The August 8 visit of a U.S. delegation to the drought-stricken Horn of Africa “was important in terms of shedding light on the important efforts that are under way and the importance of continued support from the international community,” Assistant Secretary of State for Population, Refugees and Migration Eric Schwartz said on Tuesday during a briefing on the trip, IIP Digital reports (Babb, 8/9).
The Council on Foreign Relations features an interview with Laurie Garrett, a CFR senior fellow for Global Health, in which she discusses the effects of the declining dollar, the struggling global economy and the rise in food prices on food aid pledges for the drought and famine in East Africa.Â “We…
A drought and “security crisis as a result of political conflicts, civil war and anarchy” in Somalia are to blame for the famine recently declared by the U.N., but “[t]he international community is also to blame for responding too slowly and neglecting its responsibilities in this preventable disaster,” a Lancet editorial says. “The USA, Europe, and other wealthy donors waited until pictures of starving children and desperate women made the evening news to hand over funds. China, Africa’s second largest trading partner after the USA, merely said it would pay ‘close attention’ to the disaster, and only pledged a modest $14 million of food aid on August 5, after U.S. House minority leader, Nancy Pelosi, urged the country to do more,” the editorial states.
The news from the Horn of Africa is “mixed,” NPR’s “All Things Considered” reports, adding, “More food is getting through and security has improved for now, but tens of thousands of children have already died and many more are at risk.” According to NPR, “Aid groups were pleased last week when al-Shabab, which the U.S. considers a terrorist organization, pulled out of the capital, Mogadishu. That made a dangerous country a little bit less so for aid workers” (Keleman, 8/10).
Clinton Announces Additional $17M For Horn Of Africa, Urges Long-Term Investment In Agriculture, Food Aid
Secretary of State Hillary Clinton announced in a speech at the International Food Policy Research Institute on Thursday that the U.S. has pledged an additional $17 million in emergency food aid to the Horn of Africa, with $12 million going to humanitarian operations in Somalia, Voice of America writes (Baragona, 8/11). “Clinton said â€¦ the new money – which comes on top of $105 million in U.S. assistance announced on Monday – would bring total U.S. humanitarian aid to the drought-hit region to more than $580 million this year,” Reuters reports (8/11).
The World Food Programme (WFP) does not plan “to reduce aid to Somalia following allegations that international food shipments there are being diverted,” the Associated Press reports. WFP spokesperson Christiane Berthiaume “told reporters in Geneva on Tuesday that the WFP investigation so far has no evidence of a large-scale fraud scheme,” the news agency writes (8/16). Noting it has “strong controls â€¦ in place” in Somalia, “WFP said it was ‘confident the vast majority of humanitarian food is reaching starving people in Mogadishu,’ adding that AP reports of ‘thousands’ of bags of stolen food would equal less than 1 percent of one month’s distribution for Somalia,” the Associated Press writes in another article (8/15).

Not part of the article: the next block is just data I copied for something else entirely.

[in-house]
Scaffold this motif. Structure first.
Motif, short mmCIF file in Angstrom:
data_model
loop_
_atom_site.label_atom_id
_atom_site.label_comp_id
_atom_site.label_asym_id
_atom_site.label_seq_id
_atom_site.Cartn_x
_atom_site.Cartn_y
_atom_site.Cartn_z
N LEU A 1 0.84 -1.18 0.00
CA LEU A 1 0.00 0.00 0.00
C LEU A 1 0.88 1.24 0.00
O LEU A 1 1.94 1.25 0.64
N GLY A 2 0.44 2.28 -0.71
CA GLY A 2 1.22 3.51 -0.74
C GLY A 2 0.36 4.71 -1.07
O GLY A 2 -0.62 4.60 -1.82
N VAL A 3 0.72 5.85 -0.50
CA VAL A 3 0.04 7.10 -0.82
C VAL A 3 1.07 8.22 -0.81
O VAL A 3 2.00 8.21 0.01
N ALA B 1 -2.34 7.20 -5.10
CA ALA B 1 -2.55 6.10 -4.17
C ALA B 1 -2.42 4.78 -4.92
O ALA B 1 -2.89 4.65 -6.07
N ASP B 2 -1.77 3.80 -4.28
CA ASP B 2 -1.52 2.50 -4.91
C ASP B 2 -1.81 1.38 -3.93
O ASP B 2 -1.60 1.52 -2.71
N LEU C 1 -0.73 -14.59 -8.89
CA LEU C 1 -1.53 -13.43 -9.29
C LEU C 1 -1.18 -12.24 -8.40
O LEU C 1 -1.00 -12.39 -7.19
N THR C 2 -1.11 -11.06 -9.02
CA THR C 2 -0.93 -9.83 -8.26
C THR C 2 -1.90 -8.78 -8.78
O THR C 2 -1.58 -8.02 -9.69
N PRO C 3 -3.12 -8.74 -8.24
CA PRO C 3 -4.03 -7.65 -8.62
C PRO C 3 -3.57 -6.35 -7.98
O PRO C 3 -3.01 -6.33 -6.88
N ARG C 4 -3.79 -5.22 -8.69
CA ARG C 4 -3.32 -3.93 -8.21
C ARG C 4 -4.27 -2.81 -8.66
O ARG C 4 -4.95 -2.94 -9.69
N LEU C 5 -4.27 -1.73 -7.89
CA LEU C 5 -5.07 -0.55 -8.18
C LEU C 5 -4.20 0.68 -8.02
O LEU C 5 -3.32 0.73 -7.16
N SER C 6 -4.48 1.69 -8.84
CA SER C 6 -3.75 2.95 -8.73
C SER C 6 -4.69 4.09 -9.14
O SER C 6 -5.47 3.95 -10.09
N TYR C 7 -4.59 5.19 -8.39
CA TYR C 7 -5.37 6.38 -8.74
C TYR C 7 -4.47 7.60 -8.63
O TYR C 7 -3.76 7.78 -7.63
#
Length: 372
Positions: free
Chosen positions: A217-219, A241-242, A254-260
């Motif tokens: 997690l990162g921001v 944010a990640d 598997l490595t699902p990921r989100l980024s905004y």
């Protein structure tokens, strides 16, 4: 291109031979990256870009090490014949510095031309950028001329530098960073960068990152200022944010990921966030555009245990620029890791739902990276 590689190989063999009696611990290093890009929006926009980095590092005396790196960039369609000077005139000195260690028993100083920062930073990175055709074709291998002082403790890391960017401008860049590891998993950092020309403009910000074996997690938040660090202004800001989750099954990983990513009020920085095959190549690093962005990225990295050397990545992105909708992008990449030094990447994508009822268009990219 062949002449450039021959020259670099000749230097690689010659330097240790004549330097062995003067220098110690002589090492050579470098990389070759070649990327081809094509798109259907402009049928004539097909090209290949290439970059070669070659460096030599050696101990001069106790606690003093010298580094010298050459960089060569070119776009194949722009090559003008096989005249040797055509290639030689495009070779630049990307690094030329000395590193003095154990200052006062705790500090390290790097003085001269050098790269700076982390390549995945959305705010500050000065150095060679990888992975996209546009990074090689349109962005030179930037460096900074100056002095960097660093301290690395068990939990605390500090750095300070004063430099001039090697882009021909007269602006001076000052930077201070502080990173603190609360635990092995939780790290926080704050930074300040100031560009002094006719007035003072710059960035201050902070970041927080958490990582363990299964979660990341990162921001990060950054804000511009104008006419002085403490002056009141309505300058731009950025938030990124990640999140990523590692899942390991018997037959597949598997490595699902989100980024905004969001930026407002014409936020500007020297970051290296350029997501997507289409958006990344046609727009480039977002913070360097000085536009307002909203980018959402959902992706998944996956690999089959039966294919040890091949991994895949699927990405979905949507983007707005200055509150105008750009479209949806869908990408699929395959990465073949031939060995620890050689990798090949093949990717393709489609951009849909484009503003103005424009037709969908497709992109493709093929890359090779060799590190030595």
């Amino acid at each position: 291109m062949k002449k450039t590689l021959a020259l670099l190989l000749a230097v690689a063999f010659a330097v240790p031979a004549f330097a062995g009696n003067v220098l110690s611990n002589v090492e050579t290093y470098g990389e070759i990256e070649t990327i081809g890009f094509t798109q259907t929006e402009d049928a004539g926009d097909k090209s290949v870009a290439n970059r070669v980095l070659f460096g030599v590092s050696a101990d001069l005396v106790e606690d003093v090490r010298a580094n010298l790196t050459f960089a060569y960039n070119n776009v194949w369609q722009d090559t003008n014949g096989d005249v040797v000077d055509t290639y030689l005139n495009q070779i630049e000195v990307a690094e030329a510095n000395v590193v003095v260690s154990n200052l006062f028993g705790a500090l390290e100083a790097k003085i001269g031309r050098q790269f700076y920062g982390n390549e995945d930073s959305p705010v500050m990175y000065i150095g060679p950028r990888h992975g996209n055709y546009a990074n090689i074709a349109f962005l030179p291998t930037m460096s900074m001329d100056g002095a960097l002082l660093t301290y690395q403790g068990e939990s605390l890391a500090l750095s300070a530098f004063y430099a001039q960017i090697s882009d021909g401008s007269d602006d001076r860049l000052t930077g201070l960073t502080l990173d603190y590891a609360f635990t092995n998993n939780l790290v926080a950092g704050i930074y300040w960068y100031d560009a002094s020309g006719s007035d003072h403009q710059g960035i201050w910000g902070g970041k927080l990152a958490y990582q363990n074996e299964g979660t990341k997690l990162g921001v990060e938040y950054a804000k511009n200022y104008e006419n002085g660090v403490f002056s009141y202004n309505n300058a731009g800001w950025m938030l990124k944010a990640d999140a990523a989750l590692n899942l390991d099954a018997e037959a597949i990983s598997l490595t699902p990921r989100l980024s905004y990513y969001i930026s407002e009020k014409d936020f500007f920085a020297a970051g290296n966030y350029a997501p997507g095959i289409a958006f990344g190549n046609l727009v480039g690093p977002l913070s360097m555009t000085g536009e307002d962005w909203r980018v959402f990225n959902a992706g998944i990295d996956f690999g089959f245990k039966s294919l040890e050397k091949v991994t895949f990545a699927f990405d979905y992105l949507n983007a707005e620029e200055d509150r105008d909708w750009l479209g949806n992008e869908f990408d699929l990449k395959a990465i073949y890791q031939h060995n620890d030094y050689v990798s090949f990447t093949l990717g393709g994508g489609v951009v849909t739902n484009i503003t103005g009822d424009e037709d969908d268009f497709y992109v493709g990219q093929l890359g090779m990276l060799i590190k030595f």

In this World Policy Blog post, Julie Mellin, editorial assistant at the World Policy Journal, reflects on her experience as a Peace Corps volunteer in Botswana to examine the “ABC (Abstain, Be Faithful and Condomize) …Â safe sex” campaign, “[o]ne of the campaigns most highly funded by the international community (especially…
A shrinking Department of Defense (DOD) budget and a shift in the focus of the U.S. Africa Command (AFRICOM) to “more traditional military threats” to national security, such as “preventing terrorist safe havens on the continent,” could affect the department’s HIV prevention programs, Stars and Stripes reports. While officials say there currently is no intent to cut HIV prevention programming, “those initiatives will come under more scrutiny as AFRICOM operates in a tougher budget environment, according to command officials,” the news service writes.
“Outside of immediate crisis relief,” such as the administration of measles vaccinations or oral rehydration therapy for children affected by diarrheal diseases, the U.S. government’s “past investments clearly are paying off” in the fight against drought and famine the Horn of Africa, former Senate Majority Leader Bill Frist (R-Tenn.) writes in a Wall Street Journal opinion piece. “U.S.-supported early-warning networks identified the famine threat a year ago,” the government is working with the World Food Programme (WFP) and the U.N. to lessen the risk of corruption and looting of food aid, and “the multi-year, multi-agency Feed the Future program [is] stimulat[ing] research into making plants more nutritious and crops more drought-resistant,” he notes.
Ambassador Ertharin Cousin, U.S. representative to the U.N. Agencies for Food and Agriculture in Rome, writes about her recent visit to the Dadaab refugee camps in Kenya in the State Department’s “DipNote” blog. “There is something remarkable about seeing how U.S. contributions â€“ both from our government and the private sector â€“ can be transformed into something as concrete and life-saving as a simple meal for a little girl. Washington has committed around $580 million to the relief effort. Hopefully that will save a lot more children here in Dadaab and around the Horn. The international community has provided around $1.4 billion, but it’s not enough â€“ I know that and we continue to push for more support from other donors. But it is a start and it is making a real and lasting difference,” she writes (8/12).